Why are the babies not growing? A study of paediatric hospital admissions for infants with poor growth or maternal mental health concerns during the COVID-19 pandemic
It has noted that due to the closure of Maternal and Child Health Services (MCHN) in Victoria at various times during the pandemic that there has been a huge increase in the number of infants presenting with feeding difficulties, poor weight gain, irritability, as well as a large impact on maternal mental health and requirement for parental support. We are conducting an audit in infants < 12 weeks admitted to RCH between March-June 2020 to try and understand the impact of the pandemic infants and their mothers from withdrawal of this service. Differences in nature and severity of presentations will be compared for the same time periods in 2020 and 2019. The study is also being expanded statewide through the Melbourne Academic Centre for Health (MACH) Health Services Research Group.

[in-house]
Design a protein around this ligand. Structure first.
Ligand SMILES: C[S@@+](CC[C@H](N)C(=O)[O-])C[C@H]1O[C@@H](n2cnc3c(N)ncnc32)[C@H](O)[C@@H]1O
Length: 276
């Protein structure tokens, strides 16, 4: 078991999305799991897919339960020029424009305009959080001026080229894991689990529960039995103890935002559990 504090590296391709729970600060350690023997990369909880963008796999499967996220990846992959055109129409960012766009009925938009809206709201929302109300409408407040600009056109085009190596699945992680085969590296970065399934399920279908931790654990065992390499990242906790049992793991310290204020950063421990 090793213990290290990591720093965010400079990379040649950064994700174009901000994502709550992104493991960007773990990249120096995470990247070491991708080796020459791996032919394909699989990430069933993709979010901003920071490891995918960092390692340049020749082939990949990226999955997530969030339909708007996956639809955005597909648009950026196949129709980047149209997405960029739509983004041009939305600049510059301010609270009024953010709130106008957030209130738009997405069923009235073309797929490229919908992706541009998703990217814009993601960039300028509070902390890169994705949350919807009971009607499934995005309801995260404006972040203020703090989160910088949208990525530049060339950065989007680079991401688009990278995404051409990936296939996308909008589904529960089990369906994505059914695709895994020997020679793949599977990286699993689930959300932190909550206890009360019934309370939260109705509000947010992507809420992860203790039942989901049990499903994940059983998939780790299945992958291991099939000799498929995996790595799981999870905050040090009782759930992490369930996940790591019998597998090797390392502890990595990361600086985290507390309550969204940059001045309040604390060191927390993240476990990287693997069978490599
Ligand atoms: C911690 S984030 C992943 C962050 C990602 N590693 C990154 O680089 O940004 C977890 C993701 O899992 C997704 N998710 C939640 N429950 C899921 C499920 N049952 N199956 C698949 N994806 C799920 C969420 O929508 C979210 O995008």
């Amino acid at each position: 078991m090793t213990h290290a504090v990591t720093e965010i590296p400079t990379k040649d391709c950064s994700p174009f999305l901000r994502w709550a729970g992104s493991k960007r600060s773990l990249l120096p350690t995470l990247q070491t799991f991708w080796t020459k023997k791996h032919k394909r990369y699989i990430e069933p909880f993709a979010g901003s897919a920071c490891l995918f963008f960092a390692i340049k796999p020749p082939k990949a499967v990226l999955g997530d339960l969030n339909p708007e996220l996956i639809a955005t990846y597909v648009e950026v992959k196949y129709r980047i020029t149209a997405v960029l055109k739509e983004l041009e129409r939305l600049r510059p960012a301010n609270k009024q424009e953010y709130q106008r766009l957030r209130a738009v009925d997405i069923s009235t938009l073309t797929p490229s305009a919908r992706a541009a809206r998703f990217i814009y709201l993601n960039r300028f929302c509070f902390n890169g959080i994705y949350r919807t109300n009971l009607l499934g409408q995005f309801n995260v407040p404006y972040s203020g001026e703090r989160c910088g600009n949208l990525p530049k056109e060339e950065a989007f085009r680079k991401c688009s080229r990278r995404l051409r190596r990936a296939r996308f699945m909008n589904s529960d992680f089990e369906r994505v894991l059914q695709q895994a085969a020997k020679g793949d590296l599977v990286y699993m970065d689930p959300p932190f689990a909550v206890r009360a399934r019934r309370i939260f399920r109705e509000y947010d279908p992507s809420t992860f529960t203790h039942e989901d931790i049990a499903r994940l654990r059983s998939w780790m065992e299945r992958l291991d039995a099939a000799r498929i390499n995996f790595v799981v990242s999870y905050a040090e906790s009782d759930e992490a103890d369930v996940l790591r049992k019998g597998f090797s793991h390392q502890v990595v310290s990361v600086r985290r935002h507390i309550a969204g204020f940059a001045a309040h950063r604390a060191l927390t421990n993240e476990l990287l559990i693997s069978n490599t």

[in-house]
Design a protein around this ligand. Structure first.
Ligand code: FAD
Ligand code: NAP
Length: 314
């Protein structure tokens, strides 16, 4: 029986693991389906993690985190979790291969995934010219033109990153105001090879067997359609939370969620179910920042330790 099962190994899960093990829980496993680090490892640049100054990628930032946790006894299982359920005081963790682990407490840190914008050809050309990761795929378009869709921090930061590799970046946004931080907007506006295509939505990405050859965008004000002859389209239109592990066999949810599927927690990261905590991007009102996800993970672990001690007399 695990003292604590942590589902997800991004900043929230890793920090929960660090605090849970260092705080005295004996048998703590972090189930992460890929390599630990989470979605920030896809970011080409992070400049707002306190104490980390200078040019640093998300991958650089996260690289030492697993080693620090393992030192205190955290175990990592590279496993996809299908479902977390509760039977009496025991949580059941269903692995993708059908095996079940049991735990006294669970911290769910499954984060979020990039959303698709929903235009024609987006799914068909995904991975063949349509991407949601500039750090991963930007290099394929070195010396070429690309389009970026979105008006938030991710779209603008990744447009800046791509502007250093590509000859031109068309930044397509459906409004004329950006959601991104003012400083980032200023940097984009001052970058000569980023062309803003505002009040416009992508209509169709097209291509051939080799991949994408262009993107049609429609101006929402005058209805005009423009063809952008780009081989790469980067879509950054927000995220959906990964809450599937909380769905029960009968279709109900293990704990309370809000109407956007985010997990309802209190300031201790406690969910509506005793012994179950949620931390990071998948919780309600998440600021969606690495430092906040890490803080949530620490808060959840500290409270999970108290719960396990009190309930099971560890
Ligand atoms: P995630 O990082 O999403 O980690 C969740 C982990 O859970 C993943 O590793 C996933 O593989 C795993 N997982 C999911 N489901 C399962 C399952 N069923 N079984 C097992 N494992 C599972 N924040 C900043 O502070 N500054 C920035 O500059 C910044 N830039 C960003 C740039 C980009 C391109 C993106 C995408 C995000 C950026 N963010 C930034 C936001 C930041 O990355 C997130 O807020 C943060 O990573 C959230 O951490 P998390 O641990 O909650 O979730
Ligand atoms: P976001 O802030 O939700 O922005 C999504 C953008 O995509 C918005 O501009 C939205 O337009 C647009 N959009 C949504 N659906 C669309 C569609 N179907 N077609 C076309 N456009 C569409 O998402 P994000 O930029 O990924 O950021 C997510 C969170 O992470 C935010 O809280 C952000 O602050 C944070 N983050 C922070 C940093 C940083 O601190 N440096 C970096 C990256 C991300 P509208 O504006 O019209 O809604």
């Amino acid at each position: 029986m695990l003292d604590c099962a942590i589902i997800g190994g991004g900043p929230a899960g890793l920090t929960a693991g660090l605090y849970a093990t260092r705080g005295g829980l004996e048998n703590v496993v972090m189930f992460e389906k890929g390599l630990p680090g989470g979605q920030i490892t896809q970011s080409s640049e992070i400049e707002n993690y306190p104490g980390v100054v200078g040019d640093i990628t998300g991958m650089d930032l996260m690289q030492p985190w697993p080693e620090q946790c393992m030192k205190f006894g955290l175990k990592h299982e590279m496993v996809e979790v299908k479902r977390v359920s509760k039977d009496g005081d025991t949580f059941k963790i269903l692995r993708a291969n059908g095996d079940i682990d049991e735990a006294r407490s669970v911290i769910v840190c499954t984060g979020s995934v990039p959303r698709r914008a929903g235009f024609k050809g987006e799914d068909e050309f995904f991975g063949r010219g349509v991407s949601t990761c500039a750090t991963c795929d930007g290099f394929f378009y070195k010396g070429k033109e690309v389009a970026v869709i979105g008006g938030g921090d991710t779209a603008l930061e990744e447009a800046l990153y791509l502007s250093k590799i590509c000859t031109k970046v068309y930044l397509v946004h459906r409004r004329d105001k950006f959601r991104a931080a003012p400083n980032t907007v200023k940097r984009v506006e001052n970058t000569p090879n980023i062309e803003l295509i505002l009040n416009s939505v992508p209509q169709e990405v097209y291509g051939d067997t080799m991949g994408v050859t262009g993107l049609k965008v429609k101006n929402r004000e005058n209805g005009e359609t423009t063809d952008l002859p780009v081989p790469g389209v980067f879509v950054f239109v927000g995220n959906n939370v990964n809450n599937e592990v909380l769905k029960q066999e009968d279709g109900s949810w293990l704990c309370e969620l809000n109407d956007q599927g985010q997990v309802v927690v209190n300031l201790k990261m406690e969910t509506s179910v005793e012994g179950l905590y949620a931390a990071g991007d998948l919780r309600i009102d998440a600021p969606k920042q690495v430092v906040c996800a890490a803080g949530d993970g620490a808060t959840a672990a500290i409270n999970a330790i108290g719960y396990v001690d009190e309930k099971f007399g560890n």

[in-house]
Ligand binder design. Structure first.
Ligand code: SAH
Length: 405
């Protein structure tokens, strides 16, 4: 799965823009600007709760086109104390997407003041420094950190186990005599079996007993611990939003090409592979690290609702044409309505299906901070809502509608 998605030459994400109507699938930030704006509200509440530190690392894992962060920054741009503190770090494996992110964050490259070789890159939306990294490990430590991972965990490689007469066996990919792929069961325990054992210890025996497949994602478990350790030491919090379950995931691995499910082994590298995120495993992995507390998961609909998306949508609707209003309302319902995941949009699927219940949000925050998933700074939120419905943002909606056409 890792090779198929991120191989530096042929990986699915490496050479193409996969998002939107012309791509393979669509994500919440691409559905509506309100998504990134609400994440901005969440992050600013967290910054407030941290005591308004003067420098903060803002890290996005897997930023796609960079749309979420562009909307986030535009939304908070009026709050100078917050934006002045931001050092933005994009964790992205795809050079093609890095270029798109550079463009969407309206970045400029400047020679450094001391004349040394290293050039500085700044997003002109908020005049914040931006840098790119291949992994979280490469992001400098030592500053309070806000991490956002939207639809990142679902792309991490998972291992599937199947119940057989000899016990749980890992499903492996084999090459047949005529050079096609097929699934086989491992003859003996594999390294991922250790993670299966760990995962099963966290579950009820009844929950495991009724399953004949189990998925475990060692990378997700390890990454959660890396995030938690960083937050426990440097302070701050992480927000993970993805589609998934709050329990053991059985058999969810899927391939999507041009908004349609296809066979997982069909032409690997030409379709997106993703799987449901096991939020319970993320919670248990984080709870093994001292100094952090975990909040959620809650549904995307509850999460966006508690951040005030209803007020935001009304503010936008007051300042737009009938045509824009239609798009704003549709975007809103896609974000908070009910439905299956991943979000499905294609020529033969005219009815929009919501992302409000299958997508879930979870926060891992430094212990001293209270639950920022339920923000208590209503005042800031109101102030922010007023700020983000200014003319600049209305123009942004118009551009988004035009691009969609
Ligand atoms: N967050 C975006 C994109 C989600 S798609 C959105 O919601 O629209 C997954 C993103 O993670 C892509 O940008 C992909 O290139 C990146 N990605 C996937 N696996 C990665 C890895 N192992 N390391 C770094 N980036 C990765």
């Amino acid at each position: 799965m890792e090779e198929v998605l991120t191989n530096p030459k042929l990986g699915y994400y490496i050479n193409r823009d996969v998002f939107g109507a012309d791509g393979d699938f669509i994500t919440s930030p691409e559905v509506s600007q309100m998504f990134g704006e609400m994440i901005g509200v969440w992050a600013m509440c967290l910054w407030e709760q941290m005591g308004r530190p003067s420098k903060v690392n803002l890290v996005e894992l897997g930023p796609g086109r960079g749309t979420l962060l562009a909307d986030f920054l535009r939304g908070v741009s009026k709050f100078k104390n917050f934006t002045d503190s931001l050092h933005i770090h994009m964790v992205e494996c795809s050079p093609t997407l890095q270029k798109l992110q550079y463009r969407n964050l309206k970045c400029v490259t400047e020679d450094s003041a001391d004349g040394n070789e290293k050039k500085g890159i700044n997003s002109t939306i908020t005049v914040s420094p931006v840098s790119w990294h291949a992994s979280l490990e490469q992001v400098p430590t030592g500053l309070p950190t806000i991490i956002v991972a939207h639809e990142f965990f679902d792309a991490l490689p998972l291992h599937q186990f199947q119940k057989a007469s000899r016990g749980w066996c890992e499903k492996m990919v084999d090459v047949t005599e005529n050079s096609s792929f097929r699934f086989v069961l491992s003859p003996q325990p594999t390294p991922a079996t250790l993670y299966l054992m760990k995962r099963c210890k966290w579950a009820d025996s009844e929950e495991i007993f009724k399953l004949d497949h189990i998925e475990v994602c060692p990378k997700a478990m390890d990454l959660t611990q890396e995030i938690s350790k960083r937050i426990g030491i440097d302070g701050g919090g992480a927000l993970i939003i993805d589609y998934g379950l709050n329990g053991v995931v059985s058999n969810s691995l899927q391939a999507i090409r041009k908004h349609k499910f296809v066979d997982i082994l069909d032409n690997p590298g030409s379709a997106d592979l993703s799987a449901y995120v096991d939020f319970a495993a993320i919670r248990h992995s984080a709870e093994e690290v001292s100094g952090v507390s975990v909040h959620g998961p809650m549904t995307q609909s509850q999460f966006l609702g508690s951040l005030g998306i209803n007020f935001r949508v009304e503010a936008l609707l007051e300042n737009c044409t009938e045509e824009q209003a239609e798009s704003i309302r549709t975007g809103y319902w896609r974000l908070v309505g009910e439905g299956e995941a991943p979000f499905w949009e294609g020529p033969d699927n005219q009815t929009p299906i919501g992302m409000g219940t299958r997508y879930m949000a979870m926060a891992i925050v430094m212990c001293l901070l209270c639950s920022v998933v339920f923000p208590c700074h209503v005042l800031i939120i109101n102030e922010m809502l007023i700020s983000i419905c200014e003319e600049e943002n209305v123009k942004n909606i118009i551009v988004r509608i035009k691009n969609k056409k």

Migrant Immunisation Access (MIA) project
The MIA project will determine the extent of and examine the specific reasons behind under-immunisation among children of migrant parents by identifying gaps in health service delivery and exploring migrant experiences and awareness of immunisation services in the City of Melbourne, Victoria. We will also explore the impact of COVID-19 on access to routine immunisation services and interpretation of public health messaging. The project is a collaboration between the Vaccine Uptake Group and the City of Melbourne’s Immunisation Section, as well as key stakeholders including General Practitioners (GPs) and migrant parents.
Rapid Formative Assessment Prior to New Vaccine Introduction in 9 Pacific-Island Countries